Forty years ago, in the April 1971 issue of New Scientist magazine, a new type of optical illusion was described: Neil Illusions, named for the man who discovered them, Allan Neil, of the Institute of Behavioral Research at Texas Christian University.
Here’s how Allan Neil described this new category of illusions in the article:
These new illusions, in sharp contrast to those of the 19th century, do not violate the invariance of parity, charge conjugation or time reversal. Full scale research has not yet begun on the information-processing mechanisms which respond to the subtle factors in these illusions, but the preliminary studies have not overestimated their importance.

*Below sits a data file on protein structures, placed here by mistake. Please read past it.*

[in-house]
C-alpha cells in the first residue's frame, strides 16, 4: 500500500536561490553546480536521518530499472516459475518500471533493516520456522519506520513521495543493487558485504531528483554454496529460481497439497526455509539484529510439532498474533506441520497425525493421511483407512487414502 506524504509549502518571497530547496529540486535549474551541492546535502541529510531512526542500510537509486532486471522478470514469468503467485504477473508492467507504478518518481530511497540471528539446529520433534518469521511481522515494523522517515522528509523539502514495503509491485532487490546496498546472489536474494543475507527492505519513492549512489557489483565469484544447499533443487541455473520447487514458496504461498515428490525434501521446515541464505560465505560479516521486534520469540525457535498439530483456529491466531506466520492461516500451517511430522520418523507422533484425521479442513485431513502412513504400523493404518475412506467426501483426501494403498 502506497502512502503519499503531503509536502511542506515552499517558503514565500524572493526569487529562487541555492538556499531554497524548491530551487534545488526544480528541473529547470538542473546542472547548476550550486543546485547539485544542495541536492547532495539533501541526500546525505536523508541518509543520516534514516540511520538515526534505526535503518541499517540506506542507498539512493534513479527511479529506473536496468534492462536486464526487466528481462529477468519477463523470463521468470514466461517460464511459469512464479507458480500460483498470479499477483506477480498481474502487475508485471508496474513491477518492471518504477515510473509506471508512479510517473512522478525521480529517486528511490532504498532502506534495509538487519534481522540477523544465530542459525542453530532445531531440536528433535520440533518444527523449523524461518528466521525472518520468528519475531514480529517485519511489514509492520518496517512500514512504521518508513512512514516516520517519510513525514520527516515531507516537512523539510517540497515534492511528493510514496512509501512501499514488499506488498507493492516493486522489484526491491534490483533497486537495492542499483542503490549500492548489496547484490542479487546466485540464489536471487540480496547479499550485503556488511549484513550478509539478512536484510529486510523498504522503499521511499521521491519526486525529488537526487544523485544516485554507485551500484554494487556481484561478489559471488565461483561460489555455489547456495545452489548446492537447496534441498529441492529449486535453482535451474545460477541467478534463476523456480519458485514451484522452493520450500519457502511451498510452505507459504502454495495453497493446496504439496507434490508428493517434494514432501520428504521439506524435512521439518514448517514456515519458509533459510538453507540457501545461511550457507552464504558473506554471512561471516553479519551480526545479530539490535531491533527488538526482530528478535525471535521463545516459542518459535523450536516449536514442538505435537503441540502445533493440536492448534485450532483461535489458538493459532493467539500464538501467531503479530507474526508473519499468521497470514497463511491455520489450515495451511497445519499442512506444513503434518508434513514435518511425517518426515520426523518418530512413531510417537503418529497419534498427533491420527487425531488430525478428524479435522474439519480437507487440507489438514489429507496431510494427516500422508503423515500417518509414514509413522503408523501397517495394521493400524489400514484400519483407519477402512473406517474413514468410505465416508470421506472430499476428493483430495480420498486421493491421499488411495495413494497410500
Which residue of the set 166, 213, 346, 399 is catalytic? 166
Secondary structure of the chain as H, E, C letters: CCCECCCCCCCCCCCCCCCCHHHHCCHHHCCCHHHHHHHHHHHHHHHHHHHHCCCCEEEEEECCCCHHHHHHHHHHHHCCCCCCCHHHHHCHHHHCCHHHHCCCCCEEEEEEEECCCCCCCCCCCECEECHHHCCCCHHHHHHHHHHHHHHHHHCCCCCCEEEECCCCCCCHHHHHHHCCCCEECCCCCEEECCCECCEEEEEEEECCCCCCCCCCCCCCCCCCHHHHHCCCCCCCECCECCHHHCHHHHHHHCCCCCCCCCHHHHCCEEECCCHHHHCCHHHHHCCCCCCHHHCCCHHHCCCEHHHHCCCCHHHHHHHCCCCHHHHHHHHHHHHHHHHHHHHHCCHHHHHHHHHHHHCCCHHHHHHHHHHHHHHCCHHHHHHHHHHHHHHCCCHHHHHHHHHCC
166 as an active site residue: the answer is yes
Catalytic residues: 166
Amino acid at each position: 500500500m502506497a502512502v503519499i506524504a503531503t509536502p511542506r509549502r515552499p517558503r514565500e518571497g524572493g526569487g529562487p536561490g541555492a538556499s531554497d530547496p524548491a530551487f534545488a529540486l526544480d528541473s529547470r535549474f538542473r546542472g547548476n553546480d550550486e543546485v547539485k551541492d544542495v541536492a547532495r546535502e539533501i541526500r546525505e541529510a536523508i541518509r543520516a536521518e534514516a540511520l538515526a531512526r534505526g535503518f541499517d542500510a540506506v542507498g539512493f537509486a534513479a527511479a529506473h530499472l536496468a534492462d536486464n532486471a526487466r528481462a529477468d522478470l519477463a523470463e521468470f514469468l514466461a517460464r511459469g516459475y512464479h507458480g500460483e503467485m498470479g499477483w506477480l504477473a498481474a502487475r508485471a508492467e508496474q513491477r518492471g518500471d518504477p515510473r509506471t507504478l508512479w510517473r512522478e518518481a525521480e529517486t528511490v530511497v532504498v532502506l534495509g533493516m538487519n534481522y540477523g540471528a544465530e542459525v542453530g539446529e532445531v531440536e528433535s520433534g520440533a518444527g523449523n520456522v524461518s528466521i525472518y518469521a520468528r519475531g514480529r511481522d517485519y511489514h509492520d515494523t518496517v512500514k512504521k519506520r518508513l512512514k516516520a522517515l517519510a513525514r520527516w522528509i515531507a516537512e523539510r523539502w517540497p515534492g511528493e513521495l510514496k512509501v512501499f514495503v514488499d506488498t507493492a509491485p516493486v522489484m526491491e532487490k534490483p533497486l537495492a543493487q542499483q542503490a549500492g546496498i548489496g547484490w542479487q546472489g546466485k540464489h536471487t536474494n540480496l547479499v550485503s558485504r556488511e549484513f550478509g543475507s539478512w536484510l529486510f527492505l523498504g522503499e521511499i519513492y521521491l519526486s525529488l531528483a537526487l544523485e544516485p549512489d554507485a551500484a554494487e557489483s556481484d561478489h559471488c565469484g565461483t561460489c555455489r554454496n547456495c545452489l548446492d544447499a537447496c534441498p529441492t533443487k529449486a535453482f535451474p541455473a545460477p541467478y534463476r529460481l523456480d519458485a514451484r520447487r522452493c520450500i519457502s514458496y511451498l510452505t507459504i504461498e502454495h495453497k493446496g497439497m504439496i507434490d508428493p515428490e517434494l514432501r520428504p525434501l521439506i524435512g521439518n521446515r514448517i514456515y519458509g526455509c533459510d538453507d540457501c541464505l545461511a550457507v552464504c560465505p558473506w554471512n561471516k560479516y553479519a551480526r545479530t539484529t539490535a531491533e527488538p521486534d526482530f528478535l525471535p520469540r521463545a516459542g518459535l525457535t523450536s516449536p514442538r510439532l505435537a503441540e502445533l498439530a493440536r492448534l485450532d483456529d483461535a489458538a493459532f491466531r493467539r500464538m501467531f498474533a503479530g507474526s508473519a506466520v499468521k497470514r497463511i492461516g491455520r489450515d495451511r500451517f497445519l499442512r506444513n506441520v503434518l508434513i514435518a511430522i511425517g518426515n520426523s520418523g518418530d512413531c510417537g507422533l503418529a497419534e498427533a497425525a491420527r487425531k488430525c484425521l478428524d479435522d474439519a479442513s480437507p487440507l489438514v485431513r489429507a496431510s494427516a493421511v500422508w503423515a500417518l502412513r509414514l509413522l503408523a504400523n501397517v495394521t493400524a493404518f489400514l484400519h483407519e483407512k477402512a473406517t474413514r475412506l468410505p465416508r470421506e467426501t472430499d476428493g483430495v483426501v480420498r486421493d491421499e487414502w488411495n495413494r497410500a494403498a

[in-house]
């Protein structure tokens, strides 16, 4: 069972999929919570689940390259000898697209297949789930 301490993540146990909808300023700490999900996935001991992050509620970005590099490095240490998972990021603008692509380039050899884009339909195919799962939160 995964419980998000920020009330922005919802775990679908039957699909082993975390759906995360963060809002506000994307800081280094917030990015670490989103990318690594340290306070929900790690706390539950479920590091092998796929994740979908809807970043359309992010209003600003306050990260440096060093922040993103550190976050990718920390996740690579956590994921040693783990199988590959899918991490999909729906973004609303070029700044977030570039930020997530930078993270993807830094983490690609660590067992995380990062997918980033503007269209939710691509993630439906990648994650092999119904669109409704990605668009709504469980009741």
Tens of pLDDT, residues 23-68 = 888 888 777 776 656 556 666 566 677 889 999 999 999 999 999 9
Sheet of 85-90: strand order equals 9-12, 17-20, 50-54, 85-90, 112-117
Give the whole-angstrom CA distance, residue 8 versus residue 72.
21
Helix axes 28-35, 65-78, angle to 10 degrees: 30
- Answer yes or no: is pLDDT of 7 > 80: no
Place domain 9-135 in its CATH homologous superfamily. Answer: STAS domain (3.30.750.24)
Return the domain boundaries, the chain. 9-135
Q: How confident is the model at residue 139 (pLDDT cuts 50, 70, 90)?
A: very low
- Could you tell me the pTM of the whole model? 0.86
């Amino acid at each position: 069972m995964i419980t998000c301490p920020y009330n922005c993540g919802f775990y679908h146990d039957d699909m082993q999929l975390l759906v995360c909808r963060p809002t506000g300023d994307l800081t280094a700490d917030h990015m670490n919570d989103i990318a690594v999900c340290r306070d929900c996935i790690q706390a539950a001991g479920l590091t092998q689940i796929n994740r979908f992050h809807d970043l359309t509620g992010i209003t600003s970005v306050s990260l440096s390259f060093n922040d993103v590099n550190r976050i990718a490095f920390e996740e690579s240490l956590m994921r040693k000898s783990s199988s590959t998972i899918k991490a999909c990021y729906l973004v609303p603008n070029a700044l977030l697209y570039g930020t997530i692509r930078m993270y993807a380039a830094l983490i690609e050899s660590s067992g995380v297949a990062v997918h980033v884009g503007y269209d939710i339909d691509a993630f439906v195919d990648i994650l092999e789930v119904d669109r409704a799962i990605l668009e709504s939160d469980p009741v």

Here are the examples he gave:
Amazing. You can read the entire article as it appeared in the original issue online at Google Books. (The issue also has an advertisement for the Beckman DB-GT Spectrophotometer, which has the slogan, BECKMAN CAN HELP — with spectroscopy.)
I think more research needs to be done in this field. I’m sure there are other undiscovered Neil Illusions out there. Every year the Neural Correlate Society holds a contest to find the Best New Optical Illusions. I think they should add a category for the best Neil Illusion.